This PDF is the current document as it appeared on Public Inspection on 12/12/2014 at 08:45 am.
The Centers for Disease Control and Prevention (CDC), as part of its continuing effort to reduce public burden and maximize the utility of government information, invites the general public and other Federal agencies to take this opportunity to comment on proposed and/or continuing information collections, as required by the Paperwork Reduction Act of 1995. To request more information on the below proposed project or to obtain a copy of the information collection plan and instruments, call 404-639-7570 or send comments to Leroy A. Richardson, 1600 Clifton Road, MS-D74, Atlanta, GA 30333 or send an email to email@example.com.
Comments submitted in response to this notice will be summarized and/or included in the request for Office of Management and Budget (OMB) approval. Comments are invited on: (a) Whether the proposed collection of information is necessary for the proper performance of the functions of the agency, including whether the information shall have practical utility; (b) the accuracy of the agency's estimate of the burden of the proposed collection of information; (c) ways to enhance the quality, utility, and clarity of the information to be collected;(d) ways to minimize the burden of the collection of information on respondents, including through the use of automated collection techniques or other forms of information technology; and (e) estimates of capital or start-up costs and costs of operation, maintenance, and purchase of services to provide information. Burden means the total time, effort, or financial resources expended by persons to generate, maintain, retain, disclose or provide information to or for a Federal agency. This includes the time needed to review instructions; to develop, acquire, install and utilize technology and systems for the purpose of collecting, validating and verifying information, processing and maintaining information, and disclosing and providing information; to train personnel and to be able to respond to a collection of information, to search data sources, to complete and review the collection of information; and to transmit or otherwise disclose the information. Written comments should be received within 60 days of this notice.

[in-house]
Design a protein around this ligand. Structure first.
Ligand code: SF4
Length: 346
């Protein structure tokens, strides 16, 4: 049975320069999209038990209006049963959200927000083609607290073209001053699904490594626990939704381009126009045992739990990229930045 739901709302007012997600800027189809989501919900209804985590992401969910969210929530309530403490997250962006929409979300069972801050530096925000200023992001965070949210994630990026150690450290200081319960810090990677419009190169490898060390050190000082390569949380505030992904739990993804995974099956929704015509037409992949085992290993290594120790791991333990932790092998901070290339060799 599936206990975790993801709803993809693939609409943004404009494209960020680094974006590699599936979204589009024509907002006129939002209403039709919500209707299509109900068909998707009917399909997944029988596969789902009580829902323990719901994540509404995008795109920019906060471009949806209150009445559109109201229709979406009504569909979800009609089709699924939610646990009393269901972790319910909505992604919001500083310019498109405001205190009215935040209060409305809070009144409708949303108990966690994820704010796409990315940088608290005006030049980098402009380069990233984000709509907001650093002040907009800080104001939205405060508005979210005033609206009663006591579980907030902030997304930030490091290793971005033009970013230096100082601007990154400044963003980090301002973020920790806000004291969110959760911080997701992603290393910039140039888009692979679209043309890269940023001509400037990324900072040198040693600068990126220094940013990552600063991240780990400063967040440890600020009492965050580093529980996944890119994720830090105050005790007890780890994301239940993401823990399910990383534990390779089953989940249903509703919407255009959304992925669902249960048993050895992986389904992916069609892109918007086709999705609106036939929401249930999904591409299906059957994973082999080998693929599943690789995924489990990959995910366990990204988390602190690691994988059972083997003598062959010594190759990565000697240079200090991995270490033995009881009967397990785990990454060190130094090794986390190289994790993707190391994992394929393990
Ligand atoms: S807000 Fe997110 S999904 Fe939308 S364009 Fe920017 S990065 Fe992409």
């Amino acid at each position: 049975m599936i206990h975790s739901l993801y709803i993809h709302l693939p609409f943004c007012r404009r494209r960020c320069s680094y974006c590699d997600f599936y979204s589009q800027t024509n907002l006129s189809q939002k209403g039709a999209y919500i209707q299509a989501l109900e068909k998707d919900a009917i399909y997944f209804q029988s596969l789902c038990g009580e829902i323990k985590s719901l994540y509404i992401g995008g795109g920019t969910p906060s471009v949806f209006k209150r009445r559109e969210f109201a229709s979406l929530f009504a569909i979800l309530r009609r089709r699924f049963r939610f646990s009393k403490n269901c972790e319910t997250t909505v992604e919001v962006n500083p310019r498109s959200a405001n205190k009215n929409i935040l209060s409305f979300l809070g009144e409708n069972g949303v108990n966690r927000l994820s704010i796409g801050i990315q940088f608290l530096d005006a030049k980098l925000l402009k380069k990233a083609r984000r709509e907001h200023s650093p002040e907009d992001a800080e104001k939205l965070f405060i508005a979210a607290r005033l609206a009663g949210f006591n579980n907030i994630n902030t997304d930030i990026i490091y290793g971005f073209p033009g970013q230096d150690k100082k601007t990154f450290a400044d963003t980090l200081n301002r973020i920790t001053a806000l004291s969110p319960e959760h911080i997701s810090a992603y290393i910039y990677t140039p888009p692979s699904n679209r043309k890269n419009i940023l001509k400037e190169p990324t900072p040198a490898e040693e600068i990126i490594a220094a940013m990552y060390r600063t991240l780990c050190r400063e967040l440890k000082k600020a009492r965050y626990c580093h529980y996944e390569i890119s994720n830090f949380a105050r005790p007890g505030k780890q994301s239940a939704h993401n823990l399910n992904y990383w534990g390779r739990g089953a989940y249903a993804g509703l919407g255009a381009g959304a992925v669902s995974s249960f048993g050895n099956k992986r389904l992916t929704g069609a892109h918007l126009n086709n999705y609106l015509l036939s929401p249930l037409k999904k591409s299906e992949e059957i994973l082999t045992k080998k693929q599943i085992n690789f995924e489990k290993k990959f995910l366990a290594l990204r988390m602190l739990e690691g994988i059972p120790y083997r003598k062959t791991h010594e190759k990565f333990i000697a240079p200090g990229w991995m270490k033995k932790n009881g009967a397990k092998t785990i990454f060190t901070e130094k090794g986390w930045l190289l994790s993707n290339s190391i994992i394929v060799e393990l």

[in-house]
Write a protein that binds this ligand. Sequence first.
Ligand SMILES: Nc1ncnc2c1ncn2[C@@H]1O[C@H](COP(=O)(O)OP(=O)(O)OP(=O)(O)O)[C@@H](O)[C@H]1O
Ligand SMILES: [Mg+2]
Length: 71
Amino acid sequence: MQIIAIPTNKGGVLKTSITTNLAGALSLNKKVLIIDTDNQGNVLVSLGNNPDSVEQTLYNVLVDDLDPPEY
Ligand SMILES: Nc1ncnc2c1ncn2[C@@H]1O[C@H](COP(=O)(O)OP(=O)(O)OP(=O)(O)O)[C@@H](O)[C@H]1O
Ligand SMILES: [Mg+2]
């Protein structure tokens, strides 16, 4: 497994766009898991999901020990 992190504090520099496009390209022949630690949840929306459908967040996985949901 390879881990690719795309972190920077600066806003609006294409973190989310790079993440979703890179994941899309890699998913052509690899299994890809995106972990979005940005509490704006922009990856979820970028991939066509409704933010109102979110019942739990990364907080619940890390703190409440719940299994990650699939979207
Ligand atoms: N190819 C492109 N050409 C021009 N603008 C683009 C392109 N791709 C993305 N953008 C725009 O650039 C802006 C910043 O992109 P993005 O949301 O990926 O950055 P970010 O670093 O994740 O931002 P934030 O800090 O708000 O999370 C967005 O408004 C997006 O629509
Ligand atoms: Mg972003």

Title of Project—Investigating the Implementation and Evaluation of Top-ranked HSMS Elements — New—National Institute for Occupational Safety and Health (NIOSH), Centers for Disease Control and Prevention (CDC).
Background and Brief Description